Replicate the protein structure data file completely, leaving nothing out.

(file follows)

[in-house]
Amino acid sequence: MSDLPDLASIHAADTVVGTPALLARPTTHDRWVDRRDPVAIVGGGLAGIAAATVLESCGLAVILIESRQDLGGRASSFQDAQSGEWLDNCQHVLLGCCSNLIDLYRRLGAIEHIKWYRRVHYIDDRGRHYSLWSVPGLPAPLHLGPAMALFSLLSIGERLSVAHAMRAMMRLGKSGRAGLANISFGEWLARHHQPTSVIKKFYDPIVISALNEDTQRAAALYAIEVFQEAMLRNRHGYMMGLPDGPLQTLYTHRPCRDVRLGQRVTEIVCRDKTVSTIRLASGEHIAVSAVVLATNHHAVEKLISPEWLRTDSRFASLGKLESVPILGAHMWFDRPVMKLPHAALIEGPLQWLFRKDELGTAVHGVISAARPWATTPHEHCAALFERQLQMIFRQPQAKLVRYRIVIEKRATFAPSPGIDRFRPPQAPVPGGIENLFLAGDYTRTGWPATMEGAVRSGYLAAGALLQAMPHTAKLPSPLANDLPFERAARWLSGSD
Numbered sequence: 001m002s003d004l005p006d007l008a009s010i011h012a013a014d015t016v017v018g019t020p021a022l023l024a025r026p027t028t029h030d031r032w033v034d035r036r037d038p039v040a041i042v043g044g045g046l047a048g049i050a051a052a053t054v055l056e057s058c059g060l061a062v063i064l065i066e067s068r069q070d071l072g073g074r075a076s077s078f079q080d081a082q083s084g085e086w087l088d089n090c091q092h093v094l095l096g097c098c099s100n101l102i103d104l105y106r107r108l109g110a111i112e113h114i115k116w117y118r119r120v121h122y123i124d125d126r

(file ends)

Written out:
[in-house]
Amino acid sequence: MSDLPDLASIHAADTVVGTPALLARPTTHDRWVDRRDPVAIVGGGLAGIAAATVLESCGLAVILIESRQDLGGRASSFQDAQSGEWLDNCQHVLLGCCSNLIDLYRRLGAIEHIKWYRRVHYIDDRGRHYSLWSVPGLPAPLHLGPAMALFSLLSIGERLSVAHAMRAMMRLGKSGRAGLANISFGEWLARHHQPTSVIKKFYDPIVISALNEDTQRAAALYAIEVFQEAMLRNRHGYMMGLPDGPLQTLYTHRPCRDVRLGQRVTEIVCRDKTVSTIRLASGEHIAVSAVVLATNHHAVEKLISPEWLRTDSRFASLGKLESVPILGAHMWFDRPVMKLPHAALIEGPLQWLFRKDELGTAVHGVISAARPWATTPHEHCAALFERQLQMIFRQPQAKLVRYRIVIEKRATFAPSPGIDRFRPPQAPVPGGIENLFLAGDYTRTGWPATMEGAVRSGYLAAGALLQAMPHTAKLPSPLANDLPFERAARWLSGSD
Numbered sequence: 001m002s003d004l005p006d007l008a009s010i011h012a013a014d015t016v017v018g019t020p021a022l023l024a025r026p027t028t029h030d031r032w033v034d035r036r037d038p039v040a041i042v043g044g045g046l047a048g049i050a051a052a053t054v055l056e057s058c059g060l061a062v063i064l065i066e067s068r069q070d071l072g073g074r075a076s077s078f079q080d081a082q083s084g085e086w087l088d089n090c091q092h093v094l095l096g097c098c099s100n101l102i103d104l105y106r107r108l109g110a111i112e113h114i115k116w117y118r119r120v121h122y123i124d125d126r